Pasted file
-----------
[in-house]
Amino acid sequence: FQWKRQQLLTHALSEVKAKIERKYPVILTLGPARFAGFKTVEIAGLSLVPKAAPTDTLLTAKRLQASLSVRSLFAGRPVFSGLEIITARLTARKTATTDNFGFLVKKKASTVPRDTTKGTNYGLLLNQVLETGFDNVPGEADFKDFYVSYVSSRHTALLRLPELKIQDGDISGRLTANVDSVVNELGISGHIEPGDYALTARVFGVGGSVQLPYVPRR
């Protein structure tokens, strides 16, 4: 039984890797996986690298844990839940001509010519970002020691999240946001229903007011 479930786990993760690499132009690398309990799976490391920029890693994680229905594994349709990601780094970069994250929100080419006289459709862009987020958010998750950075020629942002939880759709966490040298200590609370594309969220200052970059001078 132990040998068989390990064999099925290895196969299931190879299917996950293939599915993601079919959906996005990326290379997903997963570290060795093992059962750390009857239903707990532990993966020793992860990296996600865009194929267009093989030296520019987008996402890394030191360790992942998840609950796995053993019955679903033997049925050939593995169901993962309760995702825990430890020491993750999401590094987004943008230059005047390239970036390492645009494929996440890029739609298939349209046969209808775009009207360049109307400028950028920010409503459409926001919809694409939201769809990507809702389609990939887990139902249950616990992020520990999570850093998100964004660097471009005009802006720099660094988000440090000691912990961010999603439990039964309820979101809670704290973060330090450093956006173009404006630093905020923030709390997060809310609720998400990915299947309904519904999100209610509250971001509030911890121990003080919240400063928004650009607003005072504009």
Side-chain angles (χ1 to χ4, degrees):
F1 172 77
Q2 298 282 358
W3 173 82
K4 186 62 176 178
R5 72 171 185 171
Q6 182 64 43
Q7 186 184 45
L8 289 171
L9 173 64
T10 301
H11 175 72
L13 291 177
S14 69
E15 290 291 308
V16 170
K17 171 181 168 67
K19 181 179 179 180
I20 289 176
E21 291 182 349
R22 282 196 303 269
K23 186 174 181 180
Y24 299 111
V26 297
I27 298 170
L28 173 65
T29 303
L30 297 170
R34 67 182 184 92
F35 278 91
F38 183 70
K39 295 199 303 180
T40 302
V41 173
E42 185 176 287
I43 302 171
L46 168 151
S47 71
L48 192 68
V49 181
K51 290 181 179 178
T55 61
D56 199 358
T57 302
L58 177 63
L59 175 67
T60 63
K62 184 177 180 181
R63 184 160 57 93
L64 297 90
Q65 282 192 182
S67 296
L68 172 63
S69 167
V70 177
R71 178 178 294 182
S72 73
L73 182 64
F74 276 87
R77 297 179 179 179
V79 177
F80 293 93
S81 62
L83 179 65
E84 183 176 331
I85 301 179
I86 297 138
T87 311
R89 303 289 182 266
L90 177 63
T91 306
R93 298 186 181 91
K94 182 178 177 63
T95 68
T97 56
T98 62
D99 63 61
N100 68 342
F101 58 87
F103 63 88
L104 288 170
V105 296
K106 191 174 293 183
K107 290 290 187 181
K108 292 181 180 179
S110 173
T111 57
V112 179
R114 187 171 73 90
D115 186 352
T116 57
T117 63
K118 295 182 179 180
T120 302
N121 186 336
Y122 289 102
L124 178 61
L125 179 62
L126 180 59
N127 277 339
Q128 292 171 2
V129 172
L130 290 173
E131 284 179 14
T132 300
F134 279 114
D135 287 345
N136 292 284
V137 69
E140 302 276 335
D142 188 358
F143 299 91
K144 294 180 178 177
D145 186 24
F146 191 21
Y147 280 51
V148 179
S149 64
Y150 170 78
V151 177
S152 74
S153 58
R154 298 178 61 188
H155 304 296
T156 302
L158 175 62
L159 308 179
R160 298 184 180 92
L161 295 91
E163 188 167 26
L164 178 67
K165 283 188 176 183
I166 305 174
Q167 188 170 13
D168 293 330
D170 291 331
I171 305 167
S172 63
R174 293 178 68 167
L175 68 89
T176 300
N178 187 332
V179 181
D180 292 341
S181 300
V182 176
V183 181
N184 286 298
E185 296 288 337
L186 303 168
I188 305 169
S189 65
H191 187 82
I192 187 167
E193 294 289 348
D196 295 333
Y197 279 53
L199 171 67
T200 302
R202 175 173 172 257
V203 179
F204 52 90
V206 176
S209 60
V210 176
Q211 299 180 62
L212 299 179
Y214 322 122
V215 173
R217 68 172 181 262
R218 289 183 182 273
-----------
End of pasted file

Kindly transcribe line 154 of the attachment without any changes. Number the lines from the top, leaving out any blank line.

I188 305 169